The effect of the antiepileptic drug, levetiracetam, on rapid motor learning was tested in 10 healthy, right-handed volunteers (age, 22 to 43 years) by investigators from the National Institutes of Health, Bethesda, MD, and Yonsei University, Seoul, Korea. Maximum pinch force of the left thumb and index finger was determined by a pinch gauge, and the average pinch force of 5 trials was calculated before and after 30 minutes of practice at 0.5 Hz. Either 3000 mg of levetiracetam or placebo was administered 1 hour before the experiment. With placebo, pinch practice significantly increased pinch acceleration (152% +/-14%), but no increase was observed after levetiracetam (101%+/-14%). 
COMMENT. Levetiracetam, a suppressant of motor cortex excitability, may interfere with rapid motor learning when administered to normal volunteers in a single daily dose. Previous studies (cited by the authors) have shown that this adverse effect on practice-related motor cortex plasticity is not observed with the AED, lamotrigine, although it too suppresses motor cortex excitability. These results may not apply to patients receiving long-term AED therapy.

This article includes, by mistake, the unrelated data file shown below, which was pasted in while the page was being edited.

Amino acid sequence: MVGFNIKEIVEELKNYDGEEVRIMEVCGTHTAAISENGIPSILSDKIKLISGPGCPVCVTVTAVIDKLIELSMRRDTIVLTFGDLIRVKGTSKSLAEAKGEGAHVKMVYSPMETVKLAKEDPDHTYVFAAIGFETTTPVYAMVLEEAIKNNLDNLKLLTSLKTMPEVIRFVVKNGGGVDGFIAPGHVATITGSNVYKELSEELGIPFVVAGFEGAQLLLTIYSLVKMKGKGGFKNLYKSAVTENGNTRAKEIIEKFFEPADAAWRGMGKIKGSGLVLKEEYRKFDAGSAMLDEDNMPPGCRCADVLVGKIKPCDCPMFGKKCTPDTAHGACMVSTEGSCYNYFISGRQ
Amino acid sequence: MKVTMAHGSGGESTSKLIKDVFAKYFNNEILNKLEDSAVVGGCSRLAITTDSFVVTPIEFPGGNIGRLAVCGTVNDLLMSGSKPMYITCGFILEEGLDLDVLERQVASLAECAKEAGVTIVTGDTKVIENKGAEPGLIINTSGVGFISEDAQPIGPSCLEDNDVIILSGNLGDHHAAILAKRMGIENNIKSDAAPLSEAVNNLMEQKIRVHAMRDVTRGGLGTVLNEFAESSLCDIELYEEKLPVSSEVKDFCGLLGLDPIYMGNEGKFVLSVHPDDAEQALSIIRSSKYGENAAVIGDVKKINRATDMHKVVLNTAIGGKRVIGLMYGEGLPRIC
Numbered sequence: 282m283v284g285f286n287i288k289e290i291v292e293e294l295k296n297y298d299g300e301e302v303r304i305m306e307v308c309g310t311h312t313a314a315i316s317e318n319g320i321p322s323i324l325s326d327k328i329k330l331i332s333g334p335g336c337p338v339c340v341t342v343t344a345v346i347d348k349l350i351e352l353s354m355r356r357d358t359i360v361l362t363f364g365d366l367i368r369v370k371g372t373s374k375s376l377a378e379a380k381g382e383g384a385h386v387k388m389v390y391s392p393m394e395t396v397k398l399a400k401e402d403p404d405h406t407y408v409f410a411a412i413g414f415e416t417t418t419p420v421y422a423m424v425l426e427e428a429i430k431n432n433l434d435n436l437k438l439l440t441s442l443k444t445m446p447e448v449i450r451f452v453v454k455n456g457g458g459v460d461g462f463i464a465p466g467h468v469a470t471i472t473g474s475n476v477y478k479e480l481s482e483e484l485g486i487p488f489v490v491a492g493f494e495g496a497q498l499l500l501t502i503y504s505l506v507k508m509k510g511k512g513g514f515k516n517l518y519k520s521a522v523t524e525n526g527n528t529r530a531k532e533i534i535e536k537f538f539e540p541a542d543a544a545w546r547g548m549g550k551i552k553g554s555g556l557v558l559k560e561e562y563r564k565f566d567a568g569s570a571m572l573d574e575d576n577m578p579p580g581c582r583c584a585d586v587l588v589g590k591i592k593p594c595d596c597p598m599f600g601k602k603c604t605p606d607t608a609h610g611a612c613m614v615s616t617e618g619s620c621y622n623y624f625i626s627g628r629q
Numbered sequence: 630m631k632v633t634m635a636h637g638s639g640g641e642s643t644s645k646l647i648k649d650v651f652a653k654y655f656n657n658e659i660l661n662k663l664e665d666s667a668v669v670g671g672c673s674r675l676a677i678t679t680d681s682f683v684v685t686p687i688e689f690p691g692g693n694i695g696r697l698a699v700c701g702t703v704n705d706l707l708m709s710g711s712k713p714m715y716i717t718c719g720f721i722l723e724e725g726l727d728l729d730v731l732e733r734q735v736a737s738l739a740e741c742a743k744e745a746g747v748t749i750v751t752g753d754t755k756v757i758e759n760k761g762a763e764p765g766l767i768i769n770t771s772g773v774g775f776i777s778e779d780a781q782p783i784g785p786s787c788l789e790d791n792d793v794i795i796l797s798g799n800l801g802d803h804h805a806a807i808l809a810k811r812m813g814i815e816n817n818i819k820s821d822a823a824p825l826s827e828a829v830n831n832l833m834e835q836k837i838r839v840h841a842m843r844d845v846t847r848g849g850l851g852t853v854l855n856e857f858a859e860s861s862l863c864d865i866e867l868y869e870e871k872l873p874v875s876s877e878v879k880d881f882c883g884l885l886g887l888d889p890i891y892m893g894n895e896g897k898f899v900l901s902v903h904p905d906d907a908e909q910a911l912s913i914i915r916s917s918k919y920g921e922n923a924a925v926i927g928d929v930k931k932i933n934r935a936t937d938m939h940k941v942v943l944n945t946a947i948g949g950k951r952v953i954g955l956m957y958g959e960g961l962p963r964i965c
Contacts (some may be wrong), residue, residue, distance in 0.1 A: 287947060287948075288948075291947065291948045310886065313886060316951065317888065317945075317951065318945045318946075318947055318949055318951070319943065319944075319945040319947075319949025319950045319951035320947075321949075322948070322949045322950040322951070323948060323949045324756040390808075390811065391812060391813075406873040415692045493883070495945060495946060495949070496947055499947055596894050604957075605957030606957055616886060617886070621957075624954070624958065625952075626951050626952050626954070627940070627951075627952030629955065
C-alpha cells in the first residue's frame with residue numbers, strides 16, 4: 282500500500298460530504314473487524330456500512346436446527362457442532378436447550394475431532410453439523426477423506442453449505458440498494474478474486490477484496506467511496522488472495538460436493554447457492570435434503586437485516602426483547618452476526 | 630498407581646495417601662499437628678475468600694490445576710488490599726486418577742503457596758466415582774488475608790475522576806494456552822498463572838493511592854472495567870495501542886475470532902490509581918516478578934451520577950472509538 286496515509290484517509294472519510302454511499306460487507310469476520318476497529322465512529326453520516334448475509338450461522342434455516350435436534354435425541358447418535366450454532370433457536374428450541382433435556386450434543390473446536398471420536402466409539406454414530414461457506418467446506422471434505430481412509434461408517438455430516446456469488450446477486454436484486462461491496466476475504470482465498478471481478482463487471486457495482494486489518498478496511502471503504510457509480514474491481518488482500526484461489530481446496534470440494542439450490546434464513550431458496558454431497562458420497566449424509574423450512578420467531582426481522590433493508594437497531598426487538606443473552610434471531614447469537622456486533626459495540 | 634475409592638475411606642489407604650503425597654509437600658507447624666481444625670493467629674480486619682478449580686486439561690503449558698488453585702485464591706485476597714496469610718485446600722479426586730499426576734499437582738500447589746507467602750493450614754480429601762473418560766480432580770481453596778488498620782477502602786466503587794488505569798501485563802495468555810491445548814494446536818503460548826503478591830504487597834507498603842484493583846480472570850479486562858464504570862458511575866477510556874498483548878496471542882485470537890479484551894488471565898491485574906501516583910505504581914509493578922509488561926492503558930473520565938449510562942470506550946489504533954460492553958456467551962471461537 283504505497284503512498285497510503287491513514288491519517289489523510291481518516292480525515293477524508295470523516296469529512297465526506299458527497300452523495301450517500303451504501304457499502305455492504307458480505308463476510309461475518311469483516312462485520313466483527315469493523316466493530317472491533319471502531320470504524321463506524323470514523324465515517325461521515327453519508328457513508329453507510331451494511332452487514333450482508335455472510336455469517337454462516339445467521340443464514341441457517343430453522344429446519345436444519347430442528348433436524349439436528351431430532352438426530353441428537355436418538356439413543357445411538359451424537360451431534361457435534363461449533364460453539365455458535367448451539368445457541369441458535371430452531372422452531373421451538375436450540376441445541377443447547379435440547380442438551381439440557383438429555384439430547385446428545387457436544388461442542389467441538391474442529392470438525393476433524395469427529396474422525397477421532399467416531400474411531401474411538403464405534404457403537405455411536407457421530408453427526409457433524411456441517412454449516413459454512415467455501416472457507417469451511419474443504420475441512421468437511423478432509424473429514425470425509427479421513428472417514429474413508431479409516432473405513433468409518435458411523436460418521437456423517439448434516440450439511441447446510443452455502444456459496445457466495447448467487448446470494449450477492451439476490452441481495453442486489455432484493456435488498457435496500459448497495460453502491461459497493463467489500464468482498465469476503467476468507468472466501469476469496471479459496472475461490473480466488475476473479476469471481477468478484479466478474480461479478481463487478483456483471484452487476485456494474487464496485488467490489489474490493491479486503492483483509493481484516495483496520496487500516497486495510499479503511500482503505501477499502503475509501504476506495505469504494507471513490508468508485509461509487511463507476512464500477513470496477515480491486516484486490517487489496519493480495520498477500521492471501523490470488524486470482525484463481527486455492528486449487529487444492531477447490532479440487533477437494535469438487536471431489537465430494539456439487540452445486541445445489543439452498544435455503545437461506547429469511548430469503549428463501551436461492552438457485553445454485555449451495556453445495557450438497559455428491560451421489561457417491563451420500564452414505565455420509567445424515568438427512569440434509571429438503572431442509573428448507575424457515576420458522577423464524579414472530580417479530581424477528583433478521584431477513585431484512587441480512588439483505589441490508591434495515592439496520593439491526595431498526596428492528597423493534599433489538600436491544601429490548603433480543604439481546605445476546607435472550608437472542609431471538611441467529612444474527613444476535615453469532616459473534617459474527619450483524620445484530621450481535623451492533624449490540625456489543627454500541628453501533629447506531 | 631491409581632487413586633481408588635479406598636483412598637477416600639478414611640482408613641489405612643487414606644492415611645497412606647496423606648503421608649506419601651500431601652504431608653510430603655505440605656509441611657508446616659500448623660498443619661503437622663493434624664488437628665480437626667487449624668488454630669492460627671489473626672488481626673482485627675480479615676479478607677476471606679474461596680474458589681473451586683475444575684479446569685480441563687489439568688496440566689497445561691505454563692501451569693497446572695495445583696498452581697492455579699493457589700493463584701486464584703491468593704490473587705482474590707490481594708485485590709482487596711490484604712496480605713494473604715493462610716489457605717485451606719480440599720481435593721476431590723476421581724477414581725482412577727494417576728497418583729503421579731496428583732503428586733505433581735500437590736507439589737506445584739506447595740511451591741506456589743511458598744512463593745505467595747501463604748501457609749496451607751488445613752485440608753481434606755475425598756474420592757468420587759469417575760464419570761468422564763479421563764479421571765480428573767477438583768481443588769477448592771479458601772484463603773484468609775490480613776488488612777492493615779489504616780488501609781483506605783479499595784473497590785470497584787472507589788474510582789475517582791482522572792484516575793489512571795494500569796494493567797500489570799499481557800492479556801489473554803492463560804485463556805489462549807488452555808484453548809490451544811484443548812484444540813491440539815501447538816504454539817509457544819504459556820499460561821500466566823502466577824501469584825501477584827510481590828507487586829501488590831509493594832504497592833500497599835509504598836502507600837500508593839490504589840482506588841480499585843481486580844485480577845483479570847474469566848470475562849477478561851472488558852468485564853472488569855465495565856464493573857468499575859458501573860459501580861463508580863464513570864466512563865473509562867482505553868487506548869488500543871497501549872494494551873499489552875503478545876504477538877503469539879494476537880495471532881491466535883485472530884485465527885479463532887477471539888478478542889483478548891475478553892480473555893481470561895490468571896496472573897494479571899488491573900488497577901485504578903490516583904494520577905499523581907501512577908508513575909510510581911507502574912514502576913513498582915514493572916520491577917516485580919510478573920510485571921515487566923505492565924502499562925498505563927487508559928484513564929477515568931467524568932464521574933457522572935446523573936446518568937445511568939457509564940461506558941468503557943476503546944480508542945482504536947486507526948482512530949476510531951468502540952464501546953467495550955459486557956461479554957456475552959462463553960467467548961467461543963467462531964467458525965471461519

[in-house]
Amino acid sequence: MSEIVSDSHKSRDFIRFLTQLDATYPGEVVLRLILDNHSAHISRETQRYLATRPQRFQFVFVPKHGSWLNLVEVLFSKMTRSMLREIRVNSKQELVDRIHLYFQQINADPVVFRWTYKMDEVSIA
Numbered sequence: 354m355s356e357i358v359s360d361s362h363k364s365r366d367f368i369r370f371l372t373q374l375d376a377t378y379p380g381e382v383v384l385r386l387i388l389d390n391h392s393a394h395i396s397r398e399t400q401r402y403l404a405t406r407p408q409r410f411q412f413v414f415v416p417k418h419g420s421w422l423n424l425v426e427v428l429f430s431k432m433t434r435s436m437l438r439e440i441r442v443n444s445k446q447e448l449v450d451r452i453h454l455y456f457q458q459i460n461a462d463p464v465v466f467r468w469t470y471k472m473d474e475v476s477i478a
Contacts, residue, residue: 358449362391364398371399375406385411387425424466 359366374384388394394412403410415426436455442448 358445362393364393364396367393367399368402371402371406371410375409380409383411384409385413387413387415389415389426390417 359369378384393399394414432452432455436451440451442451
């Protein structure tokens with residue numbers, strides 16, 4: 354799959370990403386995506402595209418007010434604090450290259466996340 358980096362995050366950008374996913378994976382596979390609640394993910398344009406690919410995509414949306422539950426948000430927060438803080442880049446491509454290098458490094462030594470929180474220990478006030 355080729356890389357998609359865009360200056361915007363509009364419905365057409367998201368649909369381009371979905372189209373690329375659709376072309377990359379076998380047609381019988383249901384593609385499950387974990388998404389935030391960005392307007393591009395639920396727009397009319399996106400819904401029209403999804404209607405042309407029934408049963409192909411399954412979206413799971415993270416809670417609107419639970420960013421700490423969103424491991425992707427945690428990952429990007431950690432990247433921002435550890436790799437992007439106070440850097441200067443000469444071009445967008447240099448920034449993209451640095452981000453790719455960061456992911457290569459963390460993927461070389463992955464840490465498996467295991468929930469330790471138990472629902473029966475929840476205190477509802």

In a clinical study of the effectiveness of levetiracetam in partial epilepsies, patients who were older at the onset of seizures did better than those with younger onset (51 vs 27 years). Also, patients with temporal lobe seizures were better controlled than those with frontal lobe localization.